Forgive me. Whenever I ask you a question, you seem to hide behind a page on Wikipedea. So with that in mind, would you mind beginning with the point about the direct quote from Wikipedea. —Preceding unsigned comment added by It's Snowball (talkcontribs) 16:24, 1 July 2008 (UTC)Reply[reply]

Wikipedia has a number of policies and guidelines on how to write an article. The quote you cited comes into play after the three major policy guidelines have been met.jonathon (talk) 18:17, 1 July 2008 (UTC)Reply[reply]

You appear to have taken a very large step backwards. For some time now, I have been pointing out that I have not attempted to re-write the article. I am hoping that it will not be necessary to point this out again after this. We are only talking about being able to consider the relevance of the information to the page about Adamic on the talk page provided for that purpose. People cannot consider the relevance for themselves if the observations are removed and banned, along with anyone who dares refer to them anywhere on Wikipedea. Once again, could I ask that the quote from Wikipedea be addressed. Namely, that of allowing insight in Wikipedea. If the rules say it is wrong, then Wikipedea does not have a clear view upon it. The quote about finding insights on Wikipedea is on a front page on Wikipedea. —Preceding unsigned comment added by It's Snowball (talkcontribs) 19:20, 1 July 2008 (UTC)Reply[reply]

It's been considered; it's not cited to a reliable source, and so has no place in the encyclopedia. Since it has no place in the article, it has no place on the talk page. This is Wikipedia policy; if you think otherwise, you misunderstand WIkipedia policy. - Nunh-huh 07:43, 2 July 2008 (UTC)Reply[reply]

Sorry, but that is plainly nonsense. The talk pages are here to discuss points so to judge their relevance. Not for anyone to insist that if anyone dare attempt to discuss the relevance of any point raised, they will all be banned from Wikipedea. Moreover, you have failed entirely to address the matter of Wikipedea's statement that insights are a positive to be expected on Wikipedea. —Preceding unsigned comment added by It's Snowball (talkcontribs) 19:12, 3 July 2008 (UTC)Reply[reply]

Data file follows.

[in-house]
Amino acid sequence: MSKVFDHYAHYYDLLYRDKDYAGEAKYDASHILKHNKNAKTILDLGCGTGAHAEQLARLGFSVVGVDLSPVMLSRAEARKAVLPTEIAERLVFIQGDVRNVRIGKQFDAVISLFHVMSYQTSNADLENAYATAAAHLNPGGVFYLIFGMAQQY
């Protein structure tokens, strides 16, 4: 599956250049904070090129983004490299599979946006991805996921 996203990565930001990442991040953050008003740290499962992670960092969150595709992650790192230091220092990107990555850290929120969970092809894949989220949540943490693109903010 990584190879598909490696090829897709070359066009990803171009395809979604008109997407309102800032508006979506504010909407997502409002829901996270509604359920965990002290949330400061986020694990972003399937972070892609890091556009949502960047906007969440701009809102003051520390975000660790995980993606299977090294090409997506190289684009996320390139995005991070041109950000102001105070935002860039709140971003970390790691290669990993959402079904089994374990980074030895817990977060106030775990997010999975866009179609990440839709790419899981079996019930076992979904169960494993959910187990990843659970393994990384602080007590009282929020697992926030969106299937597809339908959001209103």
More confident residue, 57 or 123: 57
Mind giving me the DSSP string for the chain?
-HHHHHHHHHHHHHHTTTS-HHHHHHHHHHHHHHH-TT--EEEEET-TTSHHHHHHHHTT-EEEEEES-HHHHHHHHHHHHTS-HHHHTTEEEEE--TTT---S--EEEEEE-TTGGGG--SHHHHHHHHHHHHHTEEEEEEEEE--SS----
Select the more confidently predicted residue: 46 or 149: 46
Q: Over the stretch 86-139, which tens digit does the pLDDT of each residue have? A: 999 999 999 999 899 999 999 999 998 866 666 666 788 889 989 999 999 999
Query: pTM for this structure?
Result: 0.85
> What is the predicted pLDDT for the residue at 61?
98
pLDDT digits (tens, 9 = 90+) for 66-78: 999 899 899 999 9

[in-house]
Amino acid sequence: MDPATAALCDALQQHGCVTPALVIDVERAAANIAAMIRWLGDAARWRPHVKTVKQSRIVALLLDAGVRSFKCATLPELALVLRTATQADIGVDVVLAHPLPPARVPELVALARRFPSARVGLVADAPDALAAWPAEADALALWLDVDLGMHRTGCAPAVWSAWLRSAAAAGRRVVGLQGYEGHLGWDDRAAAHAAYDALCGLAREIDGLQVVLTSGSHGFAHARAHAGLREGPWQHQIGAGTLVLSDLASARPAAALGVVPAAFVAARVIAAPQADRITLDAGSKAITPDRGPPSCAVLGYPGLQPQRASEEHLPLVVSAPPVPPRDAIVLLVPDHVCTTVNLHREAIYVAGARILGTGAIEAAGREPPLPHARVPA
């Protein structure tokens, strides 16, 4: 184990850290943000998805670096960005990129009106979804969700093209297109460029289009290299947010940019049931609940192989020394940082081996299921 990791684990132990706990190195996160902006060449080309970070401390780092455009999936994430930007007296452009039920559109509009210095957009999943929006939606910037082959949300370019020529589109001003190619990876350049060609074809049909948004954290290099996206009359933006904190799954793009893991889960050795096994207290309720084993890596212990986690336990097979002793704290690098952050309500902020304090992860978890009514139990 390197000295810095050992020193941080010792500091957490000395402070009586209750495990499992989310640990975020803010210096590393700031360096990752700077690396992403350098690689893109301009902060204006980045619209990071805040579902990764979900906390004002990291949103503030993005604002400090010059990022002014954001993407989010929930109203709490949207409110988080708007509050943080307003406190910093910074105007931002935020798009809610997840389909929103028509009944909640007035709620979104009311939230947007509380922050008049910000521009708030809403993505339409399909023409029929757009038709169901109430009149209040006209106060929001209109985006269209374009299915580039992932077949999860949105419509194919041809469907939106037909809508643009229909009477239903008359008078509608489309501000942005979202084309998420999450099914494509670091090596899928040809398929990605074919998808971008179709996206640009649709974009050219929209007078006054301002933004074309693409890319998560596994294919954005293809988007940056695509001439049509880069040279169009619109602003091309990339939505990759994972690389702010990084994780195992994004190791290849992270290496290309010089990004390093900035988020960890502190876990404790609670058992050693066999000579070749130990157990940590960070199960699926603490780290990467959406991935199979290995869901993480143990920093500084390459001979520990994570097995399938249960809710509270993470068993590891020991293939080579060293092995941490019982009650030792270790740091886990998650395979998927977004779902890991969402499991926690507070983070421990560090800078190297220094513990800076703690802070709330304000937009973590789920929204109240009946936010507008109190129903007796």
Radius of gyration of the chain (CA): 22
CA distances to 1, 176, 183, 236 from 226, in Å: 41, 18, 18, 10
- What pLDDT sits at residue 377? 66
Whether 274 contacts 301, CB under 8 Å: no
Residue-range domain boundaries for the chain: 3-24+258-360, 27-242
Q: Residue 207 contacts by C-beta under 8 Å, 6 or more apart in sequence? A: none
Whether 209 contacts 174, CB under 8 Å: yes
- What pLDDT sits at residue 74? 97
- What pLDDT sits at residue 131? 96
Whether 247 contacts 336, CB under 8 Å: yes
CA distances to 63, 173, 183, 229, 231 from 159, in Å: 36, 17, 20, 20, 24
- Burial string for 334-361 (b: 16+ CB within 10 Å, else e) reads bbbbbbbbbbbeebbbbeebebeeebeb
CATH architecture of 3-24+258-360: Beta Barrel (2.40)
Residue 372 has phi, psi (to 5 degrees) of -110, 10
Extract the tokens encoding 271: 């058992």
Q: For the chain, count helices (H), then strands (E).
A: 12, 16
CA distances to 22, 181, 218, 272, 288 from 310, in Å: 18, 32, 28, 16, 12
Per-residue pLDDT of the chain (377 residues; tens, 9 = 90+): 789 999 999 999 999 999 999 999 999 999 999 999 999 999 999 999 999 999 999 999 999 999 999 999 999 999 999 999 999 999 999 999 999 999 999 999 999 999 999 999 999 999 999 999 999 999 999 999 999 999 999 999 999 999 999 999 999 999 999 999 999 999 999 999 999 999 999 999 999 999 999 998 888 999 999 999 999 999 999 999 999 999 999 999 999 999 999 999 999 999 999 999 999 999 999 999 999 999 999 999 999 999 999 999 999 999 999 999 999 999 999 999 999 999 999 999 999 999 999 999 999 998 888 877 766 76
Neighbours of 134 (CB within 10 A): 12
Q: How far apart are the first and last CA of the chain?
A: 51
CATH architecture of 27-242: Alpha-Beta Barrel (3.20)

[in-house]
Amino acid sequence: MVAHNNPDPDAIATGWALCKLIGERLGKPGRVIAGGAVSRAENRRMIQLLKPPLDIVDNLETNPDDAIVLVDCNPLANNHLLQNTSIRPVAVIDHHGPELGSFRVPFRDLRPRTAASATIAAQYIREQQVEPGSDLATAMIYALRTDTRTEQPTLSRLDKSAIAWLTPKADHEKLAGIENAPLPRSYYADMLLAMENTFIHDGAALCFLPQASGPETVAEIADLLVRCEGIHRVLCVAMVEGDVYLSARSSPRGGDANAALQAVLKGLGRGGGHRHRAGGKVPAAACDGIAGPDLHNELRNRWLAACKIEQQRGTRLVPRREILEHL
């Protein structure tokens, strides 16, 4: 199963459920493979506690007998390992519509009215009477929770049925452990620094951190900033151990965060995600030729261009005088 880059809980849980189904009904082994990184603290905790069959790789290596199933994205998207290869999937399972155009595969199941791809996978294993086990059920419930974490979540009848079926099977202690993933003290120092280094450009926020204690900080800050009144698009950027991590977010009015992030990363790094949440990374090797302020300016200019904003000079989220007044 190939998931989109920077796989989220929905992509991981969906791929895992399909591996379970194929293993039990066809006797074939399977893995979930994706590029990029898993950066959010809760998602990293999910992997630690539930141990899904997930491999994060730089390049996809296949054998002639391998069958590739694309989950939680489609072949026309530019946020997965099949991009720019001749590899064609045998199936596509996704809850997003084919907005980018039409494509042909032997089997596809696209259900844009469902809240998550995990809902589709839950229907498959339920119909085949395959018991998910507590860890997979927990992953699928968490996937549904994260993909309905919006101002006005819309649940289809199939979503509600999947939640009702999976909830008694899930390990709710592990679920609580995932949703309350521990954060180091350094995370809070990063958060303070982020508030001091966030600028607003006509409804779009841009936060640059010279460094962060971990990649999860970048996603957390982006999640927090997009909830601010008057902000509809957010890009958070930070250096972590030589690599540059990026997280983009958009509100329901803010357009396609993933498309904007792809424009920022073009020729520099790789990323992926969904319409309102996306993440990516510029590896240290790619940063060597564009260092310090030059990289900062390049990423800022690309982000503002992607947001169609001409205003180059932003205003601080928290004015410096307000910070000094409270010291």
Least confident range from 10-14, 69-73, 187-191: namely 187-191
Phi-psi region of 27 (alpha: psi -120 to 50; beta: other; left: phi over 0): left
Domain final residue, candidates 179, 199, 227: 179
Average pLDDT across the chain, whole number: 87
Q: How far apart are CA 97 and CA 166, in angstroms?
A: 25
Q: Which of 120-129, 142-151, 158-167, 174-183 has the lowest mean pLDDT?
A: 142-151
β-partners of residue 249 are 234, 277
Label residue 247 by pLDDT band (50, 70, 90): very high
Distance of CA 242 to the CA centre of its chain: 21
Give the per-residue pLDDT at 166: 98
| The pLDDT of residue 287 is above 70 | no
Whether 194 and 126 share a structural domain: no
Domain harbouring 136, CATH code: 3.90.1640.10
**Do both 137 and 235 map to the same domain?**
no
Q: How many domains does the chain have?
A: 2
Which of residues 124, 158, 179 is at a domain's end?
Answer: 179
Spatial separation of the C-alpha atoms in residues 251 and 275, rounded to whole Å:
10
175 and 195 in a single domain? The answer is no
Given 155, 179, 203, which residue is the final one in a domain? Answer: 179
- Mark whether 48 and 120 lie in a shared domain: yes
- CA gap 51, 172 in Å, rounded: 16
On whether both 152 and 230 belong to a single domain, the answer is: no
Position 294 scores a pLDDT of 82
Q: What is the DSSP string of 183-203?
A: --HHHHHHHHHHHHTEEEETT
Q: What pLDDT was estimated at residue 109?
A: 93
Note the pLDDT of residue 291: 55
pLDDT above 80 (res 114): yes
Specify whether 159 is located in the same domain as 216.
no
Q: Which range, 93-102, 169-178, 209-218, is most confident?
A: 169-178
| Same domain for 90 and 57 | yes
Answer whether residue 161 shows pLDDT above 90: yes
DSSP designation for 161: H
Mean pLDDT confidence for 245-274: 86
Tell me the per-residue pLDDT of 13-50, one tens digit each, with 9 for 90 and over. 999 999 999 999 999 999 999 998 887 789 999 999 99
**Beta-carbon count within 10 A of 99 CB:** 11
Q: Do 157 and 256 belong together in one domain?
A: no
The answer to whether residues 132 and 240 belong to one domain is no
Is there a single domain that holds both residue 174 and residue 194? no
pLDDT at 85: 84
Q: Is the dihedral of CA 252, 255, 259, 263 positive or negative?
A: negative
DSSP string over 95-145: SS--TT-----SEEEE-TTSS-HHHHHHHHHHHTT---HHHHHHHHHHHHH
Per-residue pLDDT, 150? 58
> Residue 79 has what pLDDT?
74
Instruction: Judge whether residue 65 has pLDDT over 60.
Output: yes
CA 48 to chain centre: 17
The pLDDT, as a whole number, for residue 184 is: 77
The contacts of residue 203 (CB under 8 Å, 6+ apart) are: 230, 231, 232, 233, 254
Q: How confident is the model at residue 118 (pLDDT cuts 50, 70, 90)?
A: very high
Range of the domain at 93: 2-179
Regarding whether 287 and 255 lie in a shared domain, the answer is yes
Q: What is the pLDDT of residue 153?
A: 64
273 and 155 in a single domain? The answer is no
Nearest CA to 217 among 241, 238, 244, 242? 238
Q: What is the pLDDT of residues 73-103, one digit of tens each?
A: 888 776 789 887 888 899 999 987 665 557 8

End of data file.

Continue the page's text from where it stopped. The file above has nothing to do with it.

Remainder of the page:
Your opinion has been noted. If you repost this material here, I will block you. - Nunh-huh 01:14, 4 July 2008 (UTC)Reply[reply]

Thank you for making your position clear. Without wishing to sound disrespectful, the information about Adamic and it's written form Enochian, is being rewritten and will, quite properly, be posted here so that we can all comment on its relevance to the article. I take it from that that if anyone attempts to provide insights about reading the written form without the use of any dictionaries either here or anywhere else, such as the discussion page about Enochian, the information, those responsible for putting it there and any anyone attempting to discuss the relevance will also be banned.

For the sake of clarity, the written form is so self evident that as soon as the deliberate distractions, such as making gold and other glossaries - which really don't make any sense - are removed, Enochian can be read instantly. Like the verbal form of Adamic, it can say a multitude of things at the same time in different languages so that it is possible to begin reading Enochian with the alphabet alone.

This has been given to well over a thousand people now, and with just one exception, everyone was able to perceive it. Consequently, it will not be possible to say that it is just my idea. I take it that you will not allow people to see this for themselves either. Even though the original government code cracker, 007, John Dee, said that it contains a hidden message for mankind from God. (I'm not religious. I'm just open minded.) —Preceding unsigned comment added by It's Snowball (talkcontribs) 17:19, 6 July 2008 (UTC)Reply[reply]

There are a number of issues is ascribing Enochian as the written form of Adamic. The simplest issue to deal with is that the writing direction is opposite that of the earliest known writing systems. Other issues include relationship, or rather lack thereof, between the glyphs used in Enochian, and those of ancient writing system; the fact that it is an alphabet, and not abugida, or abjad, which most early writing systems were --- the exceptions were ideographic. John Dee's reference about a hidden message was to the content of the material he received. Specifically, he thought that the material could be decrypted using two different methods, to provide two different messages.jonathon (talk) 21:43, 8 July 2008 (UTC)Reply[reply]